What is it about lighthouses that people find so fascinating?
Maybe it is the stories they tell, or that we tell about them. Stories of heroism and bravery, tragedy and destruction. Stories that give us hope against enormous odds.
It could be as simple as lighthouses are cool.
My own fascination with lighthouses begins with what I see as their humility. These beacons of warning and safety have a simple and humble task. Stay put, stand strong, and give warning. That’s all. Shine light.
I found a great quote of Anne Lamott that sums up the humble task of lighthouses.
“Lighthouses don’t go running all over an island looking for boats to save; they just stand there shining.”
Shining their light could sound a little like they are saying, “Look at me! Look at me!” That doesn’t sound very humble. Dwight L. Moody puts it a little differently saying,
“Lighthouses don’t fire cannons to call attention to their shining—they just shine.”
That sounds better.
Then there’s what may be my favorite lighthouse quote. It comes from George Bernard Shaw.
“I can think of no other edifice constructed by man as altruistic as a lighthouse. They were built only to serve.”
As a sailor I had some experience depending on lighthouses. Miles out at sea, looking over charts and plotting positions, I understood the value of lights on shore piercing the inky blackness on a moonless night. The lights not only kept me from plotting a dangerous course, they also made it possible to very accurately plot my ship’s position. We couldn’t just take out our cell phones and depend on GPS. There were basically two really good reasons. No cell phones, and no GPS.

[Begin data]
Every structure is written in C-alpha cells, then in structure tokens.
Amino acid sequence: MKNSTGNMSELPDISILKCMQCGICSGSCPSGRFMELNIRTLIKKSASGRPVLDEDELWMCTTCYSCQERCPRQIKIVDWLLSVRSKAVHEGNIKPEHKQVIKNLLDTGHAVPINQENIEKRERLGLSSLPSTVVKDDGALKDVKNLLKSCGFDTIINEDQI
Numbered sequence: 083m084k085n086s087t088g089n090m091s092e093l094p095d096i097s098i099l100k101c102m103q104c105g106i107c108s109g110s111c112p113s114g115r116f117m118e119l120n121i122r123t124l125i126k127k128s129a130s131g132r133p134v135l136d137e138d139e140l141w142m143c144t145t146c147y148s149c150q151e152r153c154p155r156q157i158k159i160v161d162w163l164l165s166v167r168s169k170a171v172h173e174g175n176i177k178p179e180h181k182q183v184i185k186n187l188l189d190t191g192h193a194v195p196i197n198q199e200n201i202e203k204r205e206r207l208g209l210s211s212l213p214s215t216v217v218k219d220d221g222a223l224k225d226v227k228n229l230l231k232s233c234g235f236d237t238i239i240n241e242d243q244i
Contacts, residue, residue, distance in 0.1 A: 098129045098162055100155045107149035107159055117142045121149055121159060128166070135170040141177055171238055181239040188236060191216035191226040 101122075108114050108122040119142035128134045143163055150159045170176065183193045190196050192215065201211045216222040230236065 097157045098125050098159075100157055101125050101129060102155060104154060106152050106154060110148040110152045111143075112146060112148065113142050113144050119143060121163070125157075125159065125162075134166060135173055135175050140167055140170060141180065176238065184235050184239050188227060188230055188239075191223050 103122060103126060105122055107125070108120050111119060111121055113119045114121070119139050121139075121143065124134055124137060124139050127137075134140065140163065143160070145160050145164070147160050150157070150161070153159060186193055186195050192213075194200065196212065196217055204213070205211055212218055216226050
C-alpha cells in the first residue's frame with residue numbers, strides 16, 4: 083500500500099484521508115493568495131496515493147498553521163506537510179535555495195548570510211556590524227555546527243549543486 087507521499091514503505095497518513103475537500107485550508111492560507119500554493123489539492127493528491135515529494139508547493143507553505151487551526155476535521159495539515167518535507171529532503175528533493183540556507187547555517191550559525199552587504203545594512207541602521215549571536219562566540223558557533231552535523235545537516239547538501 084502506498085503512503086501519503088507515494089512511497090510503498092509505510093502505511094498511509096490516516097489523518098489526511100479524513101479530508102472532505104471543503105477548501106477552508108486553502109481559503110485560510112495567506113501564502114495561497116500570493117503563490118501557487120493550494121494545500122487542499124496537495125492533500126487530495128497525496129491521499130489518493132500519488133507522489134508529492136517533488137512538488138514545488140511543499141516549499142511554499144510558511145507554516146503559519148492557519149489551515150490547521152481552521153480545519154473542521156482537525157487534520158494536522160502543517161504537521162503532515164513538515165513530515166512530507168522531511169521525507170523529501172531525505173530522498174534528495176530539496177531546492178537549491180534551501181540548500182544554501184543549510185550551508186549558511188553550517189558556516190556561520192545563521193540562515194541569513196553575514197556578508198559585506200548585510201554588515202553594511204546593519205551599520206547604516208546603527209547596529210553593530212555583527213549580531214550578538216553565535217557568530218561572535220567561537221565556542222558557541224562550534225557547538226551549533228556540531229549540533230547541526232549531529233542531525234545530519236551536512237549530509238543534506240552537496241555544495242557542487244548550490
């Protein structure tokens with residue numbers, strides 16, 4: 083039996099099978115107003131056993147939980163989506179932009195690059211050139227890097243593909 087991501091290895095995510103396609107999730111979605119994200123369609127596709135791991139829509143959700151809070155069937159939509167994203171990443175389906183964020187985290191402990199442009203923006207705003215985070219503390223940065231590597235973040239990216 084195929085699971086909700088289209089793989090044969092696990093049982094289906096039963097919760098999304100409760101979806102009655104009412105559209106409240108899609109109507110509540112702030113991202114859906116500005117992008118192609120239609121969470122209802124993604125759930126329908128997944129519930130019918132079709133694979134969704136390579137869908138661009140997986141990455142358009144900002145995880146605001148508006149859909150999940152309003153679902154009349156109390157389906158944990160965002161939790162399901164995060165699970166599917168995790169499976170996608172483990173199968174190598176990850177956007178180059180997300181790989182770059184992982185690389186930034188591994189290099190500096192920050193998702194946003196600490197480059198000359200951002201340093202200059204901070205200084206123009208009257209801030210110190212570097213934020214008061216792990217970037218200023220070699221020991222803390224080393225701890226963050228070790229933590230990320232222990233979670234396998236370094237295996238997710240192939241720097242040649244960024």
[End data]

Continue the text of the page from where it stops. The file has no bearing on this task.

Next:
Never once did I see a lighthouse do anything but shine light. In the dark of night, in the light of day. Standing tall. Humbly shining light. Doing what they were made to do.
This, perhaps, is why people are fascinated by them.
St. George Island Lighthouse
The St. George Island Lighthouse has a great story. It would have been easy to give up on it several times. The light was deactivated in 1994 after beach erosion caused by Hurricane Andrew in 1992 convinced the Coast Guard that the light was doomed.
Then along came Hurricane Opal in 1995 and the light became the Leaning Tower of St. George Island. (Photograph courtesy of State Archives of Florida)
Eventually, the light was saved, but not before it literally fell into the ocean. The St. George Lighthouse Association launched an effort to salvage the remains of the lighthouse. Today it is open to the public and there is a great view from the top.
If you find yourself on the gulf coast of Florida near Apalachicola and St. George Island, I recommend a stop at the lighthouse. Unless lighthouses don’t fascinate you.
Here are some places you might want to explore if you found this, uh, fascinating.